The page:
An example of thee is, "I take you to be my wife."
Thee speaks harshly.
Origin of thee
- From Middle English theen (“to increase, prosper, flourish"), from Old English þēon (“to thrive, prosper, flourish, grow"), from Proto-Germanic *þinhanÄ… (“to thrive, succeed"), from Proto-Indo-European *tenk-, *tenkh- (“to succeed, turn out well"). Cognate with Dutch gedijen (“to flourish, thrive, prosper, succeed"), German gedeihen (“to thrive"), Gothic [script?] (gaþeihan, “to increase, thrive").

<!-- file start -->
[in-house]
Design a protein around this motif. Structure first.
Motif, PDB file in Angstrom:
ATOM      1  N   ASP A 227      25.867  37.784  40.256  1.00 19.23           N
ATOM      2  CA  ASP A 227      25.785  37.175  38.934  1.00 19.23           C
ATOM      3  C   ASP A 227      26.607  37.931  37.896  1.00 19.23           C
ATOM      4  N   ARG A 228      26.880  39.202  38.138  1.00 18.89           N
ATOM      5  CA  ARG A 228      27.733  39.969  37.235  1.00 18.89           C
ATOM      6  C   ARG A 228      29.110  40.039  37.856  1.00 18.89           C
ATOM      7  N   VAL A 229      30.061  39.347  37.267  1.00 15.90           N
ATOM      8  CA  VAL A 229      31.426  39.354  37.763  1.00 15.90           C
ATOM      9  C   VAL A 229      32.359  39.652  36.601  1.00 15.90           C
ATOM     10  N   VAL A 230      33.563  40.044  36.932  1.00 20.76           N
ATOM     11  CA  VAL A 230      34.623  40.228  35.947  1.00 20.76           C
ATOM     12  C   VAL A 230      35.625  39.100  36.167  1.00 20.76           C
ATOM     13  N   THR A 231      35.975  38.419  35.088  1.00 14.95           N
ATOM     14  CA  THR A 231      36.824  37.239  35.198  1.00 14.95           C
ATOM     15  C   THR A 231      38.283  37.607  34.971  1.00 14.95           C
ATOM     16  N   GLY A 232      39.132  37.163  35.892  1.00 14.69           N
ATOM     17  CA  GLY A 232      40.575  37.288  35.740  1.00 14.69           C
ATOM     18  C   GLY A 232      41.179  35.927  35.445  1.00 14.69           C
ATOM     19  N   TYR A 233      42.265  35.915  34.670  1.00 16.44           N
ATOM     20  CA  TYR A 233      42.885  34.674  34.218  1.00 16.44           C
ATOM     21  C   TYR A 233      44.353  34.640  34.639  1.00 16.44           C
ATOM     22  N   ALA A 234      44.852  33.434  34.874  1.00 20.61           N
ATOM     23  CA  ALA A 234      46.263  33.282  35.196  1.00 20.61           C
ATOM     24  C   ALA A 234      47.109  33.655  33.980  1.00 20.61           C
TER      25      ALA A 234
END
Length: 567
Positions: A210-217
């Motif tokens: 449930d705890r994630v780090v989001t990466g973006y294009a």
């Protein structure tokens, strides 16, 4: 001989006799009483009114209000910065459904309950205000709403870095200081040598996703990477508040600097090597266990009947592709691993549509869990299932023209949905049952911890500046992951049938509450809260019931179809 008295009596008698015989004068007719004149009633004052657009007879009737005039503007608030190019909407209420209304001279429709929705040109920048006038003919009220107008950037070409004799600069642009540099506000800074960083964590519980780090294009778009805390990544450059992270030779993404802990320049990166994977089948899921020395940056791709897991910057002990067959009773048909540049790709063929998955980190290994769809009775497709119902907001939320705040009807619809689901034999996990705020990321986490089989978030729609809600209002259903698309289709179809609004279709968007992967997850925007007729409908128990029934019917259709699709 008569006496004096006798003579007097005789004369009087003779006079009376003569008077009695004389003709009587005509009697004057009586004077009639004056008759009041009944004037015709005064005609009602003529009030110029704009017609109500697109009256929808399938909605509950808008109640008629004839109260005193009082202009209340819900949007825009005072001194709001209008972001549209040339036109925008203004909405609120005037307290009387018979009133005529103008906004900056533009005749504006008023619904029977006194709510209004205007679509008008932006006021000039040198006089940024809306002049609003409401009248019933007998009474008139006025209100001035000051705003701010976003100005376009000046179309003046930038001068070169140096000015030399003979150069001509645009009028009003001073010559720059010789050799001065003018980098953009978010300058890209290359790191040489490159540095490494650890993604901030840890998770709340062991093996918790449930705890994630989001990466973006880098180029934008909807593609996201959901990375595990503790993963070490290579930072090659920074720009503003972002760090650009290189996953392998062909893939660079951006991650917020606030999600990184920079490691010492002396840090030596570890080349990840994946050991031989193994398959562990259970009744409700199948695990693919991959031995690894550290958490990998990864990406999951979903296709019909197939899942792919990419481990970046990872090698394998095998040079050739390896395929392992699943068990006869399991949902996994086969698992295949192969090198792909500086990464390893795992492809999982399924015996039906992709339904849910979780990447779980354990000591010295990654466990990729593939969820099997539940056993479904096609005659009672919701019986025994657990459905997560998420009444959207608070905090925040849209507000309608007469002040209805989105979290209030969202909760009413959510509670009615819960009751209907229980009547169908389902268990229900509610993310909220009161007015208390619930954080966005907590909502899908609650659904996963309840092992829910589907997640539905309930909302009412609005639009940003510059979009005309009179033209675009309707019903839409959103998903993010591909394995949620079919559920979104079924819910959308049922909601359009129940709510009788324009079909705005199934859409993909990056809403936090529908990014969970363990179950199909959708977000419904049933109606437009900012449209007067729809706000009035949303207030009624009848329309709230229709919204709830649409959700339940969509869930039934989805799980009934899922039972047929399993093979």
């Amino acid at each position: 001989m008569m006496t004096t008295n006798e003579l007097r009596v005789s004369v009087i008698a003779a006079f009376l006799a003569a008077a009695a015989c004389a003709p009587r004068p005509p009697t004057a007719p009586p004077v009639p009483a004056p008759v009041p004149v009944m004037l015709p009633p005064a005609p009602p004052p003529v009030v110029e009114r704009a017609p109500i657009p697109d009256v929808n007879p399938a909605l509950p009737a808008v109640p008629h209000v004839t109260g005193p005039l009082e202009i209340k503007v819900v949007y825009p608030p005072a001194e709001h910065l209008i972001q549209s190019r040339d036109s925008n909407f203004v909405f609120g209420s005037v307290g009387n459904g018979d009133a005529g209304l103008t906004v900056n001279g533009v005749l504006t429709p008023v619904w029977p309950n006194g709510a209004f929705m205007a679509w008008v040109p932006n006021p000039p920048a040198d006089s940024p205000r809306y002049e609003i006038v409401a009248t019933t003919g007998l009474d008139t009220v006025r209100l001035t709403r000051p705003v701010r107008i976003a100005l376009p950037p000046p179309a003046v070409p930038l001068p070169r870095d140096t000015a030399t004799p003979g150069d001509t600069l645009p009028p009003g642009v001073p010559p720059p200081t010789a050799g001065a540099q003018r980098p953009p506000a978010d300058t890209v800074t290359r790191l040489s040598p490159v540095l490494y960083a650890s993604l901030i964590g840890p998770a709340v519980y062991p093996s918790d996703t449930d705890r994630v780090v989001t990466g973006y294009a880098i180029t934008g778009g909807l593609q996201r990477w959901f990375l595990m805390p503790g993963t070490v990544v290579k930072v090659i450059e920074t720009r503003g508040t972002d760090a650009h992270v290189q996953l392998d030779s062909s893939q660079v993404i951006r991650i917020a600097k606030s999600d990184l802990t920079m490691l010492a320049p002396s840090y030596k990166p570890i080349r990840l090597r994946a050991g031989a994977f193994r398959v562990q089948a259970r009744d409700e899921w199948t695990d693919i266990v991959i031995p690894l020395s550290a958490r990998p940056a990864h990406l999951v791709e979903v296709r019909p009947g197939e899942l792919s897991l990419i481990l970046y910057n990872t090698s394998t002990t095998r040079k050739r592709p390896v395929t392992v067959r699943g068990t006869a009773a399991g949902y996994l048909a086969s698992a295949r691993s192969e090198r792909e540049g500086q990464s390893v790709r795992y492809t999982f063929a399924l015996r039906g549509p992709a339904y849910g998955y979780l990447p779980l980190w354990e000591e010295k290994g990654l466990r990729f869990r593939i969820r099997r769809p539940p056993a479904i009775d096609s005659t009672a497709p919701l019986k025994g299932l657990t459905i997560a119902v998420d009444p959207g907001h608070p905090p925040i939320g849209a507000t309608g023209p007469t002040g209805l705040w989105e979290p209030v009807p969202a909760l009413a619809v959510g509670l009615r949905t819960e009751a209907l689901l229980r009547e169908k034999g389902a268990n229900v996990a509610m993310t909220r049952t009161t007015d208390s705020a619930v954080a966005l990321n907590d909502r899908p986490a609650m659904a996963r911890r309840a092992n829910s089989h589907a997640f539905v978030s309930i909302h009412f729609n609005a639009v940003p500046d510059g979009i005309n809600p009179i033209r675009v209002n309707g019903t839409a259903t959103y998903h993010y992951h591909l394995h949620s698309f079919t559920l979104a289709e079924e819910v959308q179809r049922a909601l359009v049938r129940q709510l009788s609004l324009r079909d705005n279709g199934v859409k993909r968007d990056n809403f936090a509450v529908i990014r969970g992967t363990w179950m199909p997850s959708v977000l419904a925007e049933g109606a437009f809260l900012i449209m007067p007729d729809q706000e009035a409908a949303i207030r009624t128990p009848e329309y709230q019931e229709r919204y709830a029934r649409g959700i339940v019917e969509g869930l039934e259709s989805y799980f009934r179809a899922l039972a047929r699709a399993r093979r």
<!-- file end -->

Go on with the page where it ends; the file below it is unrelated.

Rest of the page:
- From Middle English thee, the, from Old English þē (“thee", originally dative, but later also accusative), from Proto-Germanic *þiz (“thee"), from Proto-Indo-European *te (“second-person singular pronoun"). Cognate with German Low German du (“thee"), German dir (“thee", dative pron.), Icelandic þér (“thee"). More at thou.